Alipay inks deal with U.K. card transaction platform
China's largest mobile wallet Alipay will become more accessible in the United Kingdom, following an agreement between the company and U.K. card transaction platform Barclaycard to promote the app's acceptance among local merchants.
The partnership enables potentially 110,000 British retailers to tap into the growing volume and buying power of Chinese visitors, who represent an increasingly important source of customers, the pair said in a joint statement on Thursday.
Merchants don't need to replace their existing point-of-sale system to include Alipay as a payment method. They are also likely to benefit from the more than 600 million Chinese Alipay users who search for store openings and check out discounts using the app.
"Our new agreement with Alipay gives retailers a vital tool to help them seize the revenue opportunity posed by the growth of Chinese visitors to the U.K.," said Rob Cameron, chief executive officer and global head of payment acceptance at Barclaycard.
"At the same time, Alipay users will benefit from a more convenient and familiar in-store payments process－enhancing their overall shopping experience."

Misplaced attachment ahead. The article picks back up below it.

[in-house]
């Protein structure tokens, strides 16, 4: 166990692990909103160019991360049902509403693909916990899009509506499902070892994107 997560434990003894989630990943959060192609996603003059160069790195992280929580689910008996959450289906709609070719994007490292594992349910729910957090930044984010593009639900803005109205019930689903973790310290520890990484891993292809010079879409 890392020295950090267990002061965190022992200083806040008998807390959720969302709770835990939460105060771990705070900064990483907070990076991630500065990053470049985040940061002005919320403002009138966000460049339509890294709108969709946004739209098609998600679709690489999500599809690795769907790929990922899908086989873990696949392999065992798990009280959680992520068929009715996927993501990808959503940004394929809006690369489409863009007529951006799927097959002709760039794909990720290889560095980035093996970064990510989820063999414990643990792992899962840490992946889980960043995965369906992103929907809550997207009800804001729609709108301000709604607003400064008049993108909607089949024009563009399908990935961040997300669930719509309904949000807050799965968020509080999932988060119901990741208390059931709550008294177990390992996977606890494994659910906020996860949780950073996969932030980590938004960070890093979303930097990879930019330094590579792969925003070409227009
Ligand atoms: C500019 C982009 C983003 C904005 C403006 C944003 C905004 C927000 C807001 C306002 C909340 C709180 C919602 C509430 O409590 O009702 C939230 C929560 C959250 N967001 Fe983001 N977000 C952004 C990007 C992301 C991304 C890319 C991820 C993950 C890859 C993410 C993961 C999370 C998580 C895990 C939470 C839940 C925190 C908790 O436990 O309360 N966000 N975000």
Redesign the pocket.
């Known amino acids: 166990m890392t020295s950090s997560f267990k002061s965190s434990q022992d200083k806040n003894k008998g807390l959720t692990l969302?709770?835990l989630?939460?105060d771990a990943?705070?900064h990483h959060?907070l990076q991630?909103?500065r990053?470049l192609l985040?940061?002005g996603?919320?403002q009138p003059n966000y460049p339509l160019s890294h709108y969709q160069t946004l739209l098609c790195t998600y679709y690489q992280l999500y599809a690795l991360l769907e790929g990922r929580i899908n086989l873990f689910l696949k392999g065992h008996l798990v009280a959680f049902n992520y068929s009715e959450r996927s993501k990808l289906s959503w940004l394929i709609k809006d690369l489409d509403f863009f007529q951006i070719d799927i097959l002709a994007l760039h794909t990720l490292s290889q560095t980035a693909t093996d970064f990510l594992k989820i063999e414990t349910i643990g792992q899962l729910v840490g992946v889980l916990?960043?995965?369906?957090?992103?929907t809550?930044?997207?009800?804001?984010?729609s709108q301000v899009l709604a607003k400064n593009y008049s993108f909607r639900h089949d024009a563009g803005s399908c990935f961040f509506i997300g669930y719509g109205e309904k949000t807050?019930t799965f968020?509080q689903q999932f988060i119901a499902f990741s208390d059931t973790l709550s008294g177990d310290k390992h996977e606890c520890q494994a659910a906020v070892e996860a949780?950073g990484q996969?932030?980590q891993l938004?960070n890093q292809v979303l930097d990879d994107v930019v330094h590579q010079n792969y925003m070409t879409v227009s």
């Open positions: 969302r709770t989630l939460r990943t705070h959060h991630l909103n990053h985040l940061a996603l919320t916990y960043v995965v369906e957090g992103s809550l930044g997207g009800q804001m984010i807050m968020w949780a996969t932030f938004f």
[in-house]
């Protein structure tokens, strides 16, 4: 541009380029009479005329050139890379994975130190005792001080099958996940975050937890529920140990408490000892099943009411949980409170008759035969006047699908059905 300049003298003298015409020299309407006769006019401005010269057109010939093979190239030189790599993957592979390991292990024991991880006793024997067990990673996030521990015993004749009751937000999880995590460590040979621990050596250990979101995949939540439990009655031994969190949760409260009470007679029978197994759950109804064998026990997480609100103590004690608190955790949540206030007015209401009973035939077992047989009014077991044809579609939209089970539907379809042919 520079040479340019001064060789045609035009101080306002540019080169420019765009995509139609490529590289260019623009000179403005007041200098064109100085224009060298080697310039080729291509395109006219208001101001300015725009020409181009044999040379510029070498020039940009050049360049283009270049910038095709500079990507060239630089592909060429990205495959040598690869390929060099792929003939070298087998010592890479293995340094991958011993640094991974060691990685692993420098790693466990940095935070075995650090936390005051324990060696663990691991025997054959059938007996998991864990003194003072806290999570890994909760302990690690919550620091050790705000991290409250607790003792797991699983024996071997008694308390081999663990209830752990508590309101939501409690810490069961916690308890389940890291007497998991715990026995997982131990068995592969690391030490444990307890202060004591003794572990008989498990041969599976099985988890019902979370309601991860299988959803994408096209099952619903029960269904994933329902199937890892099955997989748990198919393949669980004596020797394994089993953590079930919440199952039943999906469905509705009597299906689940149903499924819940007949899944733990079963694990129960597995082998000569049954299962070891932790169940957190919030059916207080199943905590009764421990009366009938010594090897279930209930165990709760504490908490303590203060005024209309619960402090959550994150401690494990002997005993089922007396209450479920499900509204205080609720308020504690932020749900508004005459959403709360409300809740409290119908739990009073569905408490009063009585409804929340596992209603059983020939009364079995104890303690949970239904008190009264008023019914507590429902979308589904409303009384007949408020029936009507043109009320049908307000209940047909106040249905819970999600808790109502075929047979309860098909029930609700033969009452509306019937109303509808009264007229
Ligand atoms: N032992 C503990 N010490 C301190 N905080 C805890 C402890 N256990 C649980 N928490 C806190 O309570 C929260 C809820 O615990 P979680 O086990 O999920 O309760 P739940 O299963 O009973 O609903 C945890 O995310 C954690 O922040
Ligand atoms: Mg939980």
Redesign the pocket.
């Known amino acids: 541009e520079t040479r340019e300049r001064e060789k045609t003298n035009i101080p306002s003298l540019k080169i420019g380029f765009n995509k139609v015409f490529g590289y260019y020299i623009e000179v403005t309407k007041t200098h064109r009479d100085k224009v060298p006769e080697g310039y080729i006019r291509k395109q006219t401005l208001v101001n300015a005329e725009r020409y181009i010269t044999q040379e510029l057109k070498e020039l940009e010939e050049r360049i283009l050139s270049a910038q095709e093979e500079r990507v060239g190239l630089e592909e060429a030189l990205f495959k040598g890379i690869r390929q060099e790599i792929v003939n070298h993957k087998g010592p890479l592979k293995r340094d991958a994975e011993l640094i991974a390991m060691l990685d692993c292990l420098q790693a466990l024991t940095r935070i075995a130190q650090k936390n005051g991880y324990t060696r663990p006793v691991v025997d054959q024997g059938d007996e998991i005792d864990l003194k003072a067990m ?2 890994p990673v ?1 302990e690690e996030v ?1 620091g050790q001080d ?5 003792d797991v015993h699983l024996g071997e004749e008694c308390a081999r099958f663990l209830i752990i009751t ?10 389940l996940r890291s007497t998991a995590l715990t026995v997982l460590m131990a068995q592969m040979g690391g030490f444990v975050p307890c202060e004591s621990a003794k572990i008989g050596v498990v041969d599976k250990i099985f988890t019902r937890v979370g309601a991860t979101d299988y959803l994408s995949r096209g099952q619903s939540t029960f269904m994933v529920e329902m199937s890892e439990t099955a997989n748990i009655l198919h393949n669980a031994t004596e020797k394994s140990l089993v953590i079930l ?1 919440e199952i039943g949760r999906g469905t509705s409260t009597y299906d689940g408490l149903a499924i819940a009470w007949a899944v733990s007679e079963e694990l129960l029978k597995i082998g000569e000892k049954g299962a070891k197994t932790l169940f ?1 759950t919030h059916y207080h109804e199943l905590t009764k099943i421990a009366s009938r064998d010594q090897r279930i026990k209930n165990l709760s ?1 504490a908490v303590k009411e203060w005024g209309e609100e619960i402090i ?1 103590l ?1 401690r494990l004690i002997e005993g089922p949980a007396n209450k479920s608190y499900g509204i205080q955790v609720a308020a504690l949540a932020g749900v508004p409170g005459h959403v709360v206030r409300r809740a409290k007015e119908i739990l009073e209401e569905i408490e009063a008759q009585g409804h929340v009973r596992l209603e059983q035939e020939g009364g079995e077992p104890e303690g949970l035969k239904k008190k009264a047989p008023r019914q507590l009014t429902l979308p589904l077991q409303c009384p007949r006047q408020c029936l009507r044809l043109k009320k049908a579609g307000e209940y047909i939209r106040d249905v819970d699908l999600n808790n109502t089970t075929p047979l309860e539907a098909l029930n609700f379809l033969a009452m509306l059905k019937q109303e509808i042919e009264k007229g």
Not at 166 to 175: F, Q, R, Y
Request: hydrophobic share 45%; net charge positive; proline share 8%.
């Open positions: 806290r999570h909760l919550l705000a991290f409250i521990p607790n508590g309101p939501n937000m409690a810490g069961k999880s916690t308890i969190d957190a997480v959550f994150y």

VisitBritain, U.K.'s national tourism agency, is expecting 483,000 visits from China in 2019, up 43 percent on 2017, with Chinese visitors expected to spend more than 1 billion pounds (1.3 billion U.S. dollars) this year, up 50 percent.
And this is on top of U.K.'s 393,000 Chinese residents and 95,000 Chinese students, according to statistics from the U.K. Council for International Student Affairs, who constitute a sizable population that are already comfortable with the payment app.
This marks another step toward offering Chinese tourists a seamless travel and payment experience, said Roland Palmer, head of Europe, Middle East and Africa at Alipay.
Barclaycard, the global payment arm of Barclays Bank Plc, processes nearly half of the U.K.'s credit and debit card transactions. The current collaboration is based on a pilot program that the pair kicked off two years ago for early adopters to experience Alipay payment.
According to a survey conducted by Nielsen last year, 93 percent of Chinese tourists said they would likely spend more in a store that accepted mobile payments. In addition, among the merchants surveyed that had adopted Alipay, nearly 60 percent said that they had clearly seen growth in both foot traffic and revenue.
"China has embraced mobile payments faster than any other country and will continue to lead the global charge in this regard," said Vishal Bali, managing director of Nielsen China.
"Mobile payment is on the rise globally, and will continue to support greater connectivity and efficiency across the commercial ecosystem."
Alipay has partnered with 250 financial institutions globally to date. Since 2015 it has formed nine strategic partnerships with local partners outside the Chinese mainland, extending its own technologies and experience to incubate local payment solutions and allow for settlement using local currencies.